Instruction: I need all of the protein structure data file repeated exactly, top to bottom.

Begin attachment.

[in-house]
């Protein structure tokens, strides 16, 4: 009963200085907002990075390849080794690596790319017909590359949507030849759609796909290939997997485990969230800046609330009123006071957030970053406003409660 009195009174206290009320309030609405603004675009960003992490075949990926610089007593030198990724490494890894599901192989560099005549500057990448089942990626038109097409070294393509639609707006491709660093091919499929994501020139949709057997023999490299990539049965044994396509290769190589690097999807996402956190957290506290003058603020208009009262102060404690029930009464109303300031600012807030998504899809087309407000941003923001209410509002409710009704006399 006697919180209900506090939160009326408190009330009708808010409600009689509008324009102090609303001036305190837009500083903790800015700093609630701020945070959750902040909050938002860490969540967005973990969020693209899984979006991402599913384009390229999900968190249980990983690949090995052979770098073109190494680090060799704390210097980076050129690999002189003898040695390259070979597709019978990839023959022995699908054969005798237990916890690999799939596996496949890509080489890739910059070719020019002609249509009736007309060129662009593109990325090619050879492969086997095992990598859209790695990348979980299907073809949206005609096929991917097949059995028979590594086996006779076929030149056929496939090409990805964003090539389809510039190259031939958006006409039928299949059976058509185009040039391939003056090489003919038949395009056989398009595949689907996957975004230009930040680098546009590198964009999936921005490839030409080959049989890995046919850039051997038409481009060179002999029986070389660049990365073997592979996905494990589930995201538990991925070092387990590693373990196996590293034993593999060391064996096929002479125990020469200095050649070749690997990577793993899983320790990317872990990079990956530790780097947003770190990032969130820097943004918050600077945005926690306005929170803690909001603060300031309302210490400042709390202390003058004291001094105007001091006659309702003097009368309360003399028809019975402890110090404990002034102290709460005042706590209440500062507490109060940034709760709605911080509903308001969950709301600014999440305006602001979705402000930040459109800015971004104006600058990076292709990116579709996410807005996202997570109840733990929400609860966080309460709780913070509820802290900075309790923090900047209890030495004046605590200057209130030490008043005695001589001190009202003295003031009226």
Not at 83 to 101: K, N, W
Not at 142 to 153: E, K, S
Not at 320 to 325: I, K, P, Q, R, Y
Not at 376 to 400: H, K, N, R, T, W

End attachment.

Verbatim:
[in-house]
């Protein structure tokens, strides 16, 4: 009963200085907002990075390849080794690596790319017909590359949507030849759609796909290939997997485990969230800046609330009123006071957030970053406003409660 009195009174206290009320309030609405603004675009960003992490075949990926610089007593030198990724490494890894599901192989560099005549500057990448089942990626038109097409070294393509639609707006491709660093091919499929994501020139949709057997023999490299990539049965044994396509290769190589690097999807996402956190957290506290003058603020208009009262102060404690029930009464109303300031600012807030998504899809087309407000941003923001209410509002409710009704006399 006697919180209900506090939160009326408190009330009708808010409600009689509008324009102090609303001036305190837009500083903790800015700093609630701020945070959750902040909050938002860490969540967005973990969020693209899984979006991402599913384009390229999900968190249980990983690949090995052979770098073109190494680090060799704390210097980076050129690999002189003898040695390259070979597709019978990839023959022995699908054969005798237990916890690999799939596996496949890509080489890739910059070719020019002609249509009736007309060129662009593109990325090619050879492969086997095992990598859209790695990348979980299907073809949206005609096929991917097949059995028979590594086996006779076929030149056929496939090409990805964003090539389809510039190259031939958006006409039928299949059976058509185009040039391939003056090489003919038949395009056989398009595949689907996957975004230009930040680098546009590198964009999936921005490839030409080959049989890995046919850039051997038409481009060179002999029986070389660049990365073997592979996905494990589930995201538990991925070092387990590693373990196996590293034993593999060391064996096929002479125990020469200095050649070749690997990577793993899983320790990317872990990079990956530790780097947003770190990032969130820097943004918050600077945005926690306005929170803690909001603060300031309302210490400042709390202390003058004291001094105007001091006659309702003097009368309360003399028809019975402890110090404990002034102290709460005042706590209440500062507490109060940034709760709605911080509903308001969950709301600014999440305006602001979705402000930040459109800015971004104006600058990076292709990116579709996410807005996202997570109840733990929400609860966080309460709780913070509820802290900075309790923090900047209890030495004046605590200057209130030490008043005695001589001190009202003295003031009226």
Not at 83 to 101: K, N, W
Not at 142 to 153: E, K, S
Not at 320 to 325: I, K, P, Q, R, Y
Not at 376 to 400: H, K, N, R, T, W